A Pirate’s Life for Me

Ahoy Matey Pirate Theme 2015

In our Pirate theme this month we had some fun with motor planning, following directions, referencing others, and teamwork.

We started the day with a pirate story, a pirate song, and playing pretend pirate ship.  These activities helped our children develop attention and listening skills and regulation with auditory stimuli and singing.

We played pirate dress-up and “pirate treasure adventure” – with an obstacle course, in which our little pirates sailed on a pirate ship, climbed a rope ladder, rode the zip line, and walked the “plank” balance beam. The Kinder groups created a map to find pirate treasures to bring back to the treasure chest. Through these pirate adventures we worked on following directions, symbolic play, turn-taking and waiting, safety and spatial awareness. July 29 D

Next, we worked on fine motor skills, creative play, and social participation with the “my treasure chest” craft. Children decorated their treasure chests with “gold” and “jewels.”

The kids collected small treasures from “hidden treasure sensory bins,” increasing their tolerance to tactile input and increasing regulation.

Arrrrrr You Hungry? Kids ate “gold,” “jewels” and “treasure” (pirate booty and fruit snacks) and “boats” (celery and orange slices). During snack they worked on tool use (fork and spoon), requesting, reciprocal interaction, and increased food tolerance and variety.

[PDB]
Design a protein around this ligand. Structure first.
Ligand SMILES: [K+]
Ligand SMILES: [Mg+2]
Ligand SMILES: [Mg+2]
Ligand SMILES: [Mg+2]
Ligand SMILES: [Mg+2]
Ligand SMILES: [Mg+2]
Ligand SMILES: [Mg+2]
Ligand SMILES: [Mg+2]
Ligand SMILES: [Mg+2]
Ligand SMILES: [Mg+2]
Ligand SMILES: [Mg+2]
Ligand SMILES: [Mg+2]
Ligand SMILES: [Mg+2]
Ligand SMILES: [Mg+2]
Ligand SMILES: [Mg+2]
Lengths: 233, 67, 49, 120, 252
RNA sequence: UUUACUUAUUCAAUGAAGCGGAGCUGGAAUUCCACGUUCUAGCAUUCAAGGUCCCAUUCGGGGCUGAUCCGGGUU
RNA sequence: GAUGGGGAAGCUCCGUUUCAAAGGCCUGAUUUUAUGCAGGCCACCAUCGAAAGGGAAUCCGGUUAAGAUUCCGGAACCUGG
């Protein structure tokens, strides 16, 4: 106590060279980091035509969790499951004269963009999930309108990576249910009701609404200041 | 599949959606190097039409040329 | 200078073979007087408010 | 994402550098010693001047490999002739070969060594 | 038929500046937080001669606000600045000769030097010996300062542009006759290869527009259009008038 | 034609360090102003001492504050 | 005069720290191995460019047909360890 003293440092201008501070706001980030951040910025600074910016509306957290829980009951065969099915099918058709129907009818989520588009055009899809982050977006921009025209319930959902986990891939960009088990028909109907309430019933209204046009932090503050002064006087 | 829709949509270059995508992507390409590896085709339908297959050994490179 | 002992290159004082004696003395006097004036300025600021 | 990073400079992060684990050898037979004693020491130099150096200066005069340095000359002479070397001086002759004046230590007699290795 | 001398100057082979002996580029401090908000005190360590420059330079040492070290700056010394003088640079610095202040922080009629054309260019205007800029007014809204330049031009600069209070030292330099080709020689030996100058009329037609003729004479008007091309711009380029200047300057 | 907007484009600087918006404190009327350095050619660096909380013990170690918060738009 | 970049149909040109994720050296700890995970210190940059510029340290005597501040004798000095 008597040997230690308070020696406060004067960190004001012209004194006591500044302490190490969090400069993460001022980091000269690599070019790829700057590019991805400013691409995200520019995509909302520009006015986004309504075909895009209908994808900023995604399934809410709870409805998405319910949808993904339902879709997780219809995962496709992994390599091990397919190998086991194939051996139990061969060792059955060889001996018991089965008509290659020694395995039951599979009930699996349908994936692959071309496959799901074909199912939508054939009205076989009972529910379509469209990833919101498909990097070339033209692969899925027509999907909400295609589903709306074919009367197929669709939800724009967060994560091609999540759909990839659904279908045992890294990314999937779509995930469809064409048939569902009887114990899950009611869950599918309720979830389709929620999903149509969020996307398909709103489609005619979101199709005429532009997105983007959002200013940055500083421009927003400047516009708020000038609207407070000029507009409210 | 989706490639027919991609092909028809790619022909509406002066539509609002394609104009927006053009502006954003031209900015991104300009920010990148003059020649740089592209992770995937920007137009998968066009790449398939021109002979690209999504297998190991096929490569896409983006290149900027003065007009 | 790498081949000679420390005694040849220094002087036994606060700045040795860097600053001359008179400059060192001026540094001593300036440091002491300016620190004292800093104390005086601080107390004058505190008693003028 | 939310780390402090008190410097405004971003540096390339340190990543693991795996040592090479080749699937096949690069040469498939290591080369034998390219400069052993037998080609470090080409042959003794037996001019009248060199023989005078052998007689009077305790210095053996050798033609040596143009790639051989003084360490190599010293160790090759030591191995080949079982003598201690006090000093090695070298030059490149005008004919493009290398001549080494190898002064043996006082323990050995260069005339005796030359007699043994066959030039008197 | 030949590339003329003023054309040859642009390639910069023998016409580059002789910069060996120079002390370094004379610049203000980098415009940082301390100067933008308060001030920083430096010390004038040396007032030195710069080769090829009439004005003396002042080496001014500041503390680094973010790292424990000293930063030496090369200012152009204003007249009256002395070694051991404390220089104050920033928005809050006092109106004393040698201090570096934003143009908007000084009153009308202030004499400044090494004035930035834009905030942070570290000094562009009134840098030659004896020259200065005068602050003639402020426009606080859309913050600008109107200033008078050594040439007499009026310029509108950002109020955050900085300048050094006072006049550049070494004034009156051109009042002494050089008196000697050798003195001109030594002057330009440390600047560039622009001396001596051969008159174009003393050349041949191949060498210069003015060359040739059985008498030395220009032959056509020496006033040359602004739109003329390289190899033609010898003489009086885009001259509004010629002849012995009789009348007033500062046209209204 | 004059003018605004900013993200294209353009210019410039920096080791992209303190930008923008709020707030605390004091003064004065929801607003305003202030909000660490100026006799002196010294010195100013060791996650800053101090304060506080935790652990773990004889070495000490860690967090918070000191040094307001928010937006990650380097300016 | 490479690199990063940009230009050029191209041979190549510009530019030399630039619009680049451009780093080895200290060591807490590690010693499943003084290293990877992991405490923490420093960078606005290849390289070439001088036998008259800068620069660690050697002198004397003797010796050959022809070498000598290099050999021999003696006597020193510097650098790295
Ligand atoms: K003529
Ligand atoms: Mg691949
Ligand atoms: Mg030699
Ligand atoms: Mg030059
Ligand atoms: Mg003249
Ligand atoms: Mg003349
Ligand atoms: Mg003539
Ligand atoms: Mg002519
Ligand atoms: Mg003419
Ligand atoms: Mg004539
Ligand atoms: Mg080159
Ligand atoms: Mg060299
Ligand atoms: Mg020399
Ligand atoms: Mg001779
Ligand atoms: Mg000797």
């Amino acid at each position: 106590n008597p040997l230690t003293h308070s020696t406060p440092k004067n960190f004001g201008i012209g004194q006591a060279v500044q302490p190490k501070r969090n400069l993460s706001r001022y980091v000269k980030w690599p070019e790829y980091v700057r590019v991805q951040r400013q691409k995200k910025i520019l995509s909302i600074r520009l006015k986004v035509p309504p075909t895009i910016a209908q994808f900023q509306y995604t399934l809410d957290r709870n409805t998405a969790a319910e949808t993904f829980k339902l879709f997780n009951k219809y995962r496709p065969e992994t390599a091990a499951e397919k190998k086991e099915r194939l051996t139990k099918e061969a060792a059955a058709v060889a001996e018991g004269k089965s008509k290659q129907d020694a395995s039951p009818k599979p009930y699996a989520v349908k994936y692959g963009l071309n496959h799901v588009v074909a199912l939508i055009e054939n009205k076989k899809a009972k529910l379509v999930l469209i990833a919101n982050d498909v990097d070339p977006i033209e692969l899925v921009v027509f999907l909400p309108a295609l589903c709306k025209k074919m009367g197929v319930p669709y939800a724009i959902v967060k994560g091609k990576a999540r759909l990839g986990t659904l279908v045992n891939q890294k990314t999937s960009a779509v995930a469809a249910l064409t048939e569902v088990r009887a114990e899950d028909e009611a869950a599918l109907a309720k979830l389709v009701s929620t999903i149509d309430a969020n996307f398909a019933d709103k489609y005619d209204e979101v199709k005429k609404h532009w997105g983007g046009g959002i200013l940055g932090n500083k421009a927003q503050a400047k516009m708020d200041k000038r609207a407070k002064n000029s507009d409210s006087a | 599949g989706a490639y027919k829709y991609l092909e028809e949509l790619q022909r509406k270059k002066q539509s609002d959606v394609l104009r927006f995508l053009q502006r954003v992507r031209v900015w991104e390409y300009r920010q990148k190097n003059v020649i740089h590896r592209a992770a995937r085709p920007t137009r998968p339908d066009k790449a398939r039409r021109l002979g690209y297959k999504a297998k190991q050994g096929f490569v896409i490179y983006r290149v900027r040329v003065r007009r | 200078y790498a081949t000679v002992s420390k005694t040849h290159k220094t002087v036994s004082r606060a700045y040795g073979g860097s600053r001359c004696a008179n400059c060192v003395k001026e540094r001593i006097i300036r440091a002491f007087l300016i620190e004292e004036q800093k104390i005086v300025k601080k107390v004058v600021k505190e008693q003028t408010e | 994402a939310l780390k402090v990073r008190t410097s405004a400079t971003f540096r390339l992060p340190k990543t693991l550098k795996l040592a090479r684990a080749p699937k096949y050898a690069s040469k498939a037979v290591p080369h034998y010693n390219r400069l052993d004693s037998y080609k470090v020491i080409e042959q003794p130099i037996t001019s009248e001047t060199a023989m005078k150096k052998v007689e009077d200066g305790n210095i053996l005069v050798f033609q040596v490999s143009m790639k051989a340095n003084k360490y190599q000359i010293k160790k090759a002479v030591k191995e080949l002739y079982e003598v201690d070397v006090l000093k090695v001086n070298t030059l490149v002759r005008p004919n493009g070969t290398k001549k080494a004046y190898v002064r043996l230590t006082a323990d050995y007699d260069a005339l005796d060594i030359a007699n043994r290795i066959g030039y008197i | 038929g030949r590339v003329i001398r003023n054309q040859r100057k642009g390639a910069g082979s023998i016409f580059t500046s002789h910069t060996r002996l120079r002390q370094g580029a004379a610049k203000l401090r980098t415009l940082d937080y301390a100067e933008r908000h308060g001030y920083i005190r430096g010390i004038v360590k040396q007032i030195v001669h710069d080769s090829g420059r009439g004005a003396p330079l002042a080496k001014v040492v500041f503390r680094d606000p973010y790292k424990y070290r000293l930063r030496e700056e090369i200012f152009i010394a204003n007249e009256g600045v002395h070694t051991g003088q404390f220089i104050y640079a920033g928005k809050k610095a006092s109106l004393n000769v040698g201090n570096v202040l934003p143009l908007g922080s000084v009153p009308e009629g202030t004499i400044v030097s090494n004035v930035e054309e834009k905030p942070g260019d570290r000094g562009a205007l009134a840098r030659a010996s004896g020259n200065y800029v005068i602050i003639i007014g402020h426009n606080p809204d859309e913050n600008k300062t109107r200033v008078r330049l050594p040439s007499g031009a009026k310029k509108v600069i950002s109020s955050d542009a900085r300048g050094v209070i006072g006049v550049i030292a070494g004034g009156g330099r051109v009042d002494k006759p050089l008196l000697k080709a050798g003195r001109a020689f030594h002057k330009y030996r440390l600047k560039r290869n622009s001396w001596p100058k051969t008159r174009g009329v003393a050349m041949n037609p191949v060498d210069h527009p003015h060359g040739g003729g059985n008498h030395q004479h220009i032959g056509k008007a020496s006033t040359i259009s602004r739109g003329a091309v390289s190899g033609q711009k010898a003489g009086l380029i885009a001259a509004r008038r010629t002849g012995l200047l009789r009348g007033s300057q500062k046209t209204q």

Things you can do at home:

  • Pirate Dress-up: a fun way to practice self-care and dressing themselves
  • Create a treasure map and build an obstacle course: helps children organize creative play ideas in their head into a plan of action
  • Treasure chest crafts: build fine motor skills through cutting, gluing and touching materials. Creating art as a family can help develop kids’ confidence and self-esteem.
  • Sensory bins: a great activity for children with sensitivities to tactile input! Sensory bins are a fun way to motivate kids to try touching sand.
  • Snack time: children with sensory, attention, or feeding challenges sometimes need to play with their food in order to master eating. Here are some tips:
    • Have at least one food on the table that your child already loves.
    • Present food in a fun way. For example, use creative placemats and turn food into symbols, such as “pirate ships and pirates.”
    • Family members can model how to eat the food – the sillier the better.
    • Celebrate the fact that your child is tolerating the sight and smell of a new food, even when he or she won’t touch or eat it.
    • Don’t be afraid to get messy!
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